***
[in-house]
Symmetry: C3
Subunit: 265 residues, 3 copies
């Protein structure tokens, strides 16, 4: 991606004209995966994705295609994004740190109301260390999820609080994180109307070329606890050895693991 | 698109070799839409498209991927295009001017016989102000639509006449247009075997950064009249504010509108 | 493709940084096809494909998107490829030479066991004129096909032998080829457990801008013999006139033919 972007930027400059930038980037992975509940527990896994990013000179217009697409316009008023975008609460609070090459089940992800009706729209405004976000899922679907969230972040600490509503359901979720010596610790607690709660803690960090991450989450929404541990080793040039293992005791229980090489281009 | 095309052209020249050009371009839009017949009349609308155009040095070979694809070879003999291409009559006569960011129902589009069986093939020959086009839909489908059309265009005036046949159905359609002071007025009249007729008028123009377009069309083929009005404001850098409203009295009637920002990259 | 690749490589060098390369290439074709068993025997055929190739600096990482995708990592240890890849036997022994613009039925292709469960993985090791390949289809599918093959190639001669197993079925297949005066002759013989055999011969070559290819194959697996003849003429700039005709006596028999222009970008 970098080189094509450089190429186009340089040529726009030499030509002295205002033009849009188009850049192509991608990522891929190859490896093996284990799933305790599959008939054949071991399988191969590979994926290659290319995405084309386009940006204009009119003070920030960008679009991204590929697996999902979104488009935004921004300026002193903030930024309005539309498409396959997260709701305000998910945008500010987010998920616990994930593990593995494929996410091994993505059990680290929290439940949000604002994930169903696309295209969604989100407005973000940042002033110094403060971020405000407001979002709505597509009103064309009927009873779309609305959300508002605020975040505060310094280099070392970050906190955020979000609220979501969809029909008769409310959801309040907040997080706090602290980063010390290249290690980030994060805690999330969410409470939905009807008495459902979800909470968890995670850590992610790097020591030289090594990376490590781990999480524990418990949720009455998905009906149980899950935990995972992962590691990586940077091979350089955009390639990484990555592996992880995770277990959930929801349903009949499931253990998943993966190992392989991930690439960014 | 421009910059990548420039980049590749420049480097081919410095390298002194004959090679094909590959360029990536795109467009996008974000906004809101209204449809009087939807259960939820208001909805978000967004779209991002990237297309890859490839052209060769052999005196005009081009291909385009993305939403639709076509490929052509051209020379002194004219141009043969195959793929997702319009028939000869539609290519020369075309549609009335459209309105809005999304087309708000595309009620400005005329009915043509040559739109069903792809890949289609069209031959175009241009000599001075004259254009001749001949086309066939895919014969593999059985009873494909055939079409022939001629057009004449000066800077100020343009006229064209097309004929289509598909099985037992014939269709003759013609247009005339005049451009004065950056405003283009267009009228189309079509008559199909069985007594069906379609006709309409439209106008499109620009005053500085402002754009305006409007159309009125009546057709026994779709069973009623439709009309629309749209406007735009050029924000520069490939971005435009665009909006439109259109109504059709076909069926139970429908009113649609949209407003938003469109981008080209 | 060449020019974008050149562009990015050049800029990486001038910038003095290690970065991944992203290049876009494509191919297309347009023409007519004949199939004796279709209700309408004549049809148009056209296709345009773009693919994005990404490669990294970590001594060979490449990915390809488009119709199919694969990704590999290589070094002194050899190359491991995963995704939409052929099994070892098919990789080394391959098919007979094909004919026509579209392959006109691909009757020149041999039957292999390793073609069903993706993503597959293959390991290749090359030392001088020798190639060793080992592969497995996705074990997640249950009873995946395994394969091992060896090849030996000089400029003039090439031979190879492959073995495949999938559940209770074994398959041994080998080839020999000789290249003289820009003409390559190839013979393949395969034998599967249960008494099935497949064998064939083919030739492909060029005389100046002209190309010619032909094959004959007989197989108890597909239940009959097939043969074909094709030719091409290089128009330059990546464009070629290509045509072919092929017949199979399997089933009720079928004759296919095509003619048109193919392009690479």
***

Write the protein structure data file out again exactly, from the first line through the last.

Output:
[in-house]
Symmetry: C3
Subunit: 265 residues, 3 copies
């Protein structure tokens, strides 16, 4: 991606004209995966994705295609994004740190109301260390999820609080994180109307070329606890050895693991 | 698109070799839409498209991927295009001017016989102000639509006449247009075997950064009249504010509108 | 493709940084096809494909998107490829030479066991004129096909032998080829457990801008013999006139033919 972007930027400059930038980037992975509940527990896994990013000179217009697409316009008023975008609460609070090459089940992800009706729209405004976000899922679907969230972040600490509503359901979720010596610790607690709660803690960090991450989450929404541990080793040039293992005791229980090489281009 | 095309052209020249050009371009839009017949009349609308155009040095070979694809070879003999291409009559006569960011129902589009069986093939020959086009839909489908059309265009005036046949159905359609002071007025009249007729008028123009377009069309083929009005404001850098409203009295009637920002990259 | 690749490589060098390369290439074709068993025997055929190739600096990482995708990592240890890849036997022994613009039925292709469960993985090791390949289809599918093959190639001669197993079925297949005066002759013989055999011969070559290819194959697996003849003429700039005709006596028999222009970008 970098080189094509450089190429186009340089040529726009030499030509002295205002033009849009188009850049192509991608990522891929190859490896093996284990799933305790599959008939054949071991399988191969590979994926290659290319995405084309386009940006204009009119003070920030960008679009991204590929697996999902979104488009935004921004300026002193903030930024309005539309498409396959997260709701305000998910945008500010987010998920616990994930593990593995494929996410091994993505059990680290929290439940949000604002994930169903696309295209969604989100407005973000940042002033110094403060971020405000407001979002709505597509009103064309009927009873779309609305959300508002605020975040505060310094280099070392970050906190955020979000609220979501969809029909008769409310959801309040907040997080706090602290980063010390290249290690980030994060805690999330969410409470939905009807008495459902979800909470968890995670850590992610790097020591030289090594990376490590781990999480524990418990949720009455998905009906149980899950935990995972992962590691990586940077091979350089955009390639990484990555592996992880995770277990959930929801349903009949499931253990998943993966190992392989991930690439960014 | 421009910059990548420039980049590749420049480097081919410095390298002194004959090679094909590959360029990536795109467009996008974000906004809101209204449809009087939807259960939820208001909805978000967004779209991002990237297309890859490839052209060769052999005196005009081009291909385009993305939403639709076509490929052509051209020379002194004219141009043969195959793929997702319009028939000869539609290519020369075309549609009335459209309105809005999304087309708000595309009620400005005329009915043509040559739109069903792809890949289609069209031959175009241009000599001075004259254009001749001949086309066939895919014969593999059985009873494909055939079409022939001629057009004449000066800077100020343009006229064209097309004929289509598909099985037992014939269709003759013609247009005339005049451009004065950056405003283009267009009228189309079509008559199909069985007594069906379609006709309409439209106008499109620009005053500085402002754009305006409007159309009125009546057709026994779709069973009623439709009309629309749209406007735009050029924000520069490939971005435009665009909006439109259109109504059709076909069926139970429908009113649609949209407003938003469109981008080209 | 060449020019974008050149562009990015050049800029990486001038910038003095290690970065991944992203290049876009494509191919297309347009023409007519004949199939004796279709209700309408004549049809148009056209296709345009773009693919994005990404490669990294970590001594060979490449990915390809488009119709199919694969990704590999290589070094002194050899190359491991995963995704939409052929099994070892098919990789080394391959098919007979094909004919026509579209392959006109691909009757020149041999039957292999390793073609069903993706993503597959293959390991290749090359030392001088020798190639060793080992592969497995996705074990997640249950009873995946395994394969091992060896090849030996000089400029003039090439031979190879492959073995495949999938559940209770074994398959041994080998080839020999000789290249003289820009003409390559190839013979393949395969034998599967249960008494099935497949064998064939083919030739492909060029005389100046002209190309010619032909094959004959007989197989108890597909239940009959097939043969074909094709030719091409290089128009330059990546464009070629290509045509072919092929017949199979399997089933009720079928004759296919095509003619048109193919392009690479």